'The Dharma Bums' (1958) is a beautiful book written by Beat writer Jack Kerouac. The story is thouhgt to be semi autobiographical and follows Ray Smith (again thought to be based upon Kerouac himself) as he lives the life of a 'beat' and a 'bum', meeting interesting characters along the way and learning about himself on this voyage of self discovery.
The significant characters he meets include Japhy Ryder (arguably based on other prolific 'beat' writer and poet Gary Snyder), Henry Morley (John Montgomery) and Alvah Goldbrook (beat poet Allen Ginsberg). Meeting Japhy Ryder, a man who attepmts to fully embrace a naturistic and Buddhist way of life, living in a wooden hut he built himself at the top of a mountain, for example, Ray Smith is mentored by him and sometimes agrees with his ideas and at other times their ideas clash (over Japhy's liberated sexual habits, for example). There are moments of tranquil meditation and peacefulness, as well as action within the book, such as when the friends climb the Matterhorn mountain.
The novel explores the life of the Beats and the world of the Beat Generation and movement. There are deep and contemplative ideas and discussions which in many ways, Kerouac manages to have with his reader as well as the other characters. Moral issues and religious ideas are explored which make the novel both compelling and inspirational as well as thought provoking; the reader learns to question their own beliefs and ideas.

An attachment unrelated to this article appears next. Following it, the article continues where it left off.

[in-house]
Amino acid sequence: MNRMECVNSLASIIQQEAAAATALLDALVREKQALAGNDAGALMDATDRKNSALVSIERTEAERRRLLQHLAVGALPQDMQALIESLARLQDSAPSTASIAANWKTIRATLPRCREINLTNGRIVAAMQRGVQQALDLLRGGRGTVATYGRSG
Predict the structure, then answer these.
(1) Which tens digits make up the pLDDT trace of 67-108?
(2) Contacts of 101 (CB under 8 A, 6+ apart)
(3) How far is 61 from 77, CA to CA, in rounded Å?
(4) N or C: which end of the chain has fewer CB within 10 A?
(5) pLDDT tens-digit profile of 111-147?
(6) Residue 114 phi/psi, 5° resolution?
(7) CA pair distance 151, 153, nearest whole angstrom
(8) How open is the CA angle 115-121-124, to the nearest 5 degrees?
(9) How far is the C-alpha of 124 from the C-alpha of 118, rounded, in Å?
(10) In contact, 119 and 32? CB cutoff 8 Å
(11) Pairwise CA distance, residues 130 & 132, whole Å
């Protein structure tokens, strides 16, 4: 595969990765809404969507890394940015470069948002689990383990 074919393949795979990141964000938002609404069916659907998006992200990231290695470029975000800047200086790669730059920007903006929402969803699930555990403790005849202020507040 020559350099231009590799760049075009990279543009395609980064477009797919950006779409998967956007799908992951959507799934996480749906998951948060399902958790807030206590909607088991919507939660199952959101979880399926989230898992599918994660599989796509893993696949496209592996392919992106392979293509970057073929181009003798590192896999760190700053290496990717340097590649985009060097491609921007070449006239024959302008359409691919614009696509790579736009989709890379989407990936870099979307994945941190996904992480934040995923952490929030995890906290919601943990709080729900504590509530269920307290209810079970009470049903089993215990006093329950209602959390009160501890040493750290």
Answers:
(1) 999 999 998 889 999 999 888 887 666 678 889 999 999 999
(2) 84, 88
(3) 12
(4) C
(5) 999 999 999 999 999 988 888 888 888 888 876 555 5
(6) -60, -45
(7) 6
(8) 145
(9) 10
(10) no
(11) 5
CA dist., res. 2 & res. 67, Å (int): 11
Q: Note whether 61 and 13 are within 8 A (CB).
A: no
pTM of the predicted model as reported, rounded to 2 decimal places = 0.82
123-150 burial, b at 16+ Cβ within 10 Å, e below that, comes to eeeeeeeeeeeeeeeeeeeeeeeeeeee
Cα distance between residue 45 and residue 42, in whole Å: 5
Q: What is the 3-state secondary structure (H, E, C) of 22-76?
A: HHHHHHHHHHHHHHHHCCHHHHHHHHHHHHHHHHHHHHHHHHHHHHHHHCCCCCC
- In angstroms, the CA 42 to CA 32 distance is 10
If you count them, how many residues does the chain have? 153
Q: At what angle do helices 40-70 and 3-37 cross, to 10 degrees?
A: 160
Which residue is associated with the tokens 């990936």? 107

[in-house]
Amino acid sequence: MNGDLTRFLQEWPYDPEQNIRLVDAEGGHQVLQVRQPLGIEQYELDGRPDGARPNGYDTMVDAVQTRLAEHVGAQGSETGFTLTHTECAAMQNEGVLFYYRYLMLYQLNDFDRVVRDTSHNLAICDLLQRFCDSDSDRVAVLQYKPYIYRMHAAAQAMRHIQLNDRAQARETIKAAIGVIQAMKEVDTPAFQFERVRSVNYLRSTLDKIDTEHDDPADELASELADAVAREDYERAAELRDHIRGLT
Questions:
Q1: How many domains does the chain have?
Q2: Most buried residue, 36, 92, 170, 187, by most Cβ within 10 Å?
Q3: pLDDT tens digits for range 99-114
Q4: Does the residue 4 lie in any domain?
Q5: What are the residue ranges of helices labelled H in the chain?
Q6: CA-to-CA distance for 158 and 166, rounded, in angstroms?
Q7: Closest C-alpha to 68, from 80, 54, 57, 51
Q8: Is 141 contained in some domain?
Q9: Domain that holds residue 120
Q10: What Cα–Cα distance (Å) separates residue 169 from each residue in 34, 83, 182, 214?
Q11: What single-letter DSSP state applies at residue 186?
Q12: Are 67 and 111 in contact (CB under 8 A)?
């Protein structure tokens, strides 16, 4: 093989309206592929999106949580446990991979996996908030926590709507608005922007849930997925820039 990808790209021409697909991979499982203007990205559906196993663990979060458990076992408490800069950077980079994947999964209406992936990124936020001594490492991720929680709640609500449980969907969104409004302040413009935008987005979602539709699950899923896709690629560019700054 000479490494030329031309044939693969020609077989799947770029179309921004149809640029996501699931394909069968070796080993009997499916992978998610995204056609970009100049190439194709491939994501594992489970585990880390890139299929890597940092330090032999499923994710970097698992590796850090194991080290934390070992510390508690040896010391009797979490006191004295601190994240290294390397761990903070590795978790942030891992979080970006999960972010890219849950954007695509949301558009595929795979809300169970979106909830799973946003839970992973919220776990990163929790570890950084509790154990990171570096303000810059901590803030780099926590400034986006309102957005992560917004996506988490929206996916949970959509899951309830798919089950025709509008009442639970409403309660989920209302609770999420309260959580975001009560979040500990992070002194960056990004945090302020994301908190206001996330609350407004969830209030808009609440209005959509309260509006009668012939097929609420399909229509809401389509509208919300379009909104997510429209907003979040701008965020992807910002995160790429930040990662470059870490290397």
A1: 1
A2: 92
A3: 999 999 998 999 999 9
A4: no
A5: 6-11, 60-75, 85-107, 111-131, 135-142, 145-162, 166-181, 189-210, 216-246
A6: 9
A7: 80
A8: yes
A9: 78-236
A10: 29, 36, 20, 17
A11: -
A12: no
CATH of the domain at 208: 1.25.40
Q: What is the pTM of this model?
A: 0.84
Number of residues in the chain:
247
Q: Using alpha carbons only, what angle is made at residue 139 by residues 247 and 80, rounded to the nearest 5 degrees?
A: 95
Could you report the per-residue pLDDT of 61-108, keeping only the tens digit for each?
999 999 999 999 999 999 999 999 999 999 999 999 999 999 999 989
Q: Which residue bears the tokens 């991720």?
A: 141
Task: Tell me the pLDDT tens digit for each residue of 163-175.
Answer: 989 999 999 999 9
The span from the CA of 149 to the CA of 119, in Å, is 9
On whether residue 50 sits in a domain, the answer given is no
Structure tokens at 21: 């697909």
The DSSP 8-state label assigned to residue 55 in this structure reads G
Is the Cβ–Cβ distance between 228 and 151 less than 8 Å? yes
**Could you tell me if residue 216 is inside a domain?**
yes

The novel, therefore, has its morals and champions a Buddhist orientated view on life, respecting all animals and people and nature, etc, but at the same time, the novel is not didactic, nor indeed perfect. Kerouac does not have any hint of superiority, he doesn't suggest that he or his knowledge are superior to the readers', rather he simply shares his experiences/ideas, in a truely selfless, Buddhist manner, believing that his experiences and life lessons can help others also. And he doesn't shy away from admitting that other people have taught him alot too.
The book is respectful and it encourages the same respect in the reader, and I found it inspiring; it creates a yearning to be close to nature and to evaluate what we do with our lives, opening our eyes to the idea that maybe we get swamped sometimes by the modern world's technology and the media and everybody elses lives (celebrities etc) which are boradcast constantly when we really ought to focus on our lives and those of the people clostest to us and those people who need our help. The book really is a great platform to get the mind thinking and the reader can take from it what they want; they can learn from ideas within the novel, and they can also come to better udnerstand themselves and their own ideas.
This book is arguably all about opening the 'inner eye' and I would recommend it highly for anybody with an interest in the Beat Generation, Buddhism or simply spirituality and an interest in contemplation, meditation and learning about the self. It's a great spiritual adventure really.